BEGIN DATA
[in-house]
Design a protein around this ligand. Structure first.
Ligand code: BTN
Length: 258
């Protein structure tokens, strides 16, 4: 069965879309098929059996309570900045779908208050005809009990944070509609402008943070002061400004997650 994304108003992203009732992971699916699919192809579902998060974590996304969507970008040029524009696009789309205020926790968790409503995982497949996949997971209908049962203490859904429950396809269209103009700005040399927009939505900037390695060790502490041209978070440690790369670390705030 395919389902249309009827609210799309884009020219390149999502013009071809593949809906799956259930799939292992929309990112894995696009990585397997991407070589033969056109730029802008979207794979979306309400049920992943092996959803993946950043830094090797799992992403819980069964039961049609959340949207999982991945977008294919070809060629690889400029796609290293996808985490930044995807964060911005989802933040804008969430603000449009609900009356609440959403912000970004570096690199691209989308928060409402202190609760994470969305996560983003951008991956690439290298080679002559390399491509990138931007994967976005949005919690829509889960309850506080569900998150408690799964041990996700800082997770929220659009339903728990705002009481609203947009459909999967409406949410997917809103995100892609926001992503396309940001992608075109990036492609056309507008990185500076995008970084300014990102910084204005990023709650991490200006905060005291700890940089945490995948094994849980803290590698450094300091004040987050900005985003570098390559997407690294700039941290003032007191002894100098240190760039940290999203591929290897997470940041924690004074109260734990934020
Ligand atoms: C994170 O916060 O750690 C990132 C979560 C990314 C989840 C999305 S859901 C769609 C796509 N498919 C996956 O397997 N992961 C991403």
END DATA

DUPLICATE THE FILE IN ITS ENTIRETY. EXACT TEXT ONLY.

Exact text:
[in-house]
Design a protein around this ligand. Structure first.
Ligand code: BTN
Length: 258
């Protein structure tokens, strides 16, 4: 069965879309098929059996309570900045779908208050005809009990944070509609402008943070002061400004997650 994304108003992203009732992971699916699919192809579902998060974590996304969507970008040029524009696009789309205020926790968790409503995982497949996949997971209908049962203490859904429950396809269209103009700005040399927009939505900037390695060790502490041209978070440690790369670390705030 395919389902249309009827609210799309884009020219390149999502013009071809593949809906799956259930799939292992929309990112894995696009990585397997991407070589033969056109730029802008979207794979979306309400049920992943092996959803993946950043830094090797799992992403819980069964039961049609959340949207999982991945977008294919070809060629690889400029796609290293996808985490930044995807964060911005989802933040804008969430603000449009609900009356609440959403912000970004570096690199691209989308928060409402202190609760994470969305996560983003951008991956690439290298080679002559390399491509990138931007994967976005949005919690829509889960309850506080569900998150408690799964041990996700800082997770929220659009339903728990705002009481609203947009459909999967409406949410997917809103995100892609926001992503396309940001992608075109990036492609056309507008990185500076995008970084300014990102910084204005990023709650991490200006905060005291700890940089945490995948094994849980803290590698450094300091004040987050900005985003570098390559997407690294700039941290003032007191002894100098240190760039940290999203591929290897997470940041924690004074109260734990934020
Ligand atoms: C994170 O916060 O750690 C990132 C979560 C990314 C989840 C999305 S859901 C769609 C796509 N498919 C996956 O397997 N992961 C991403």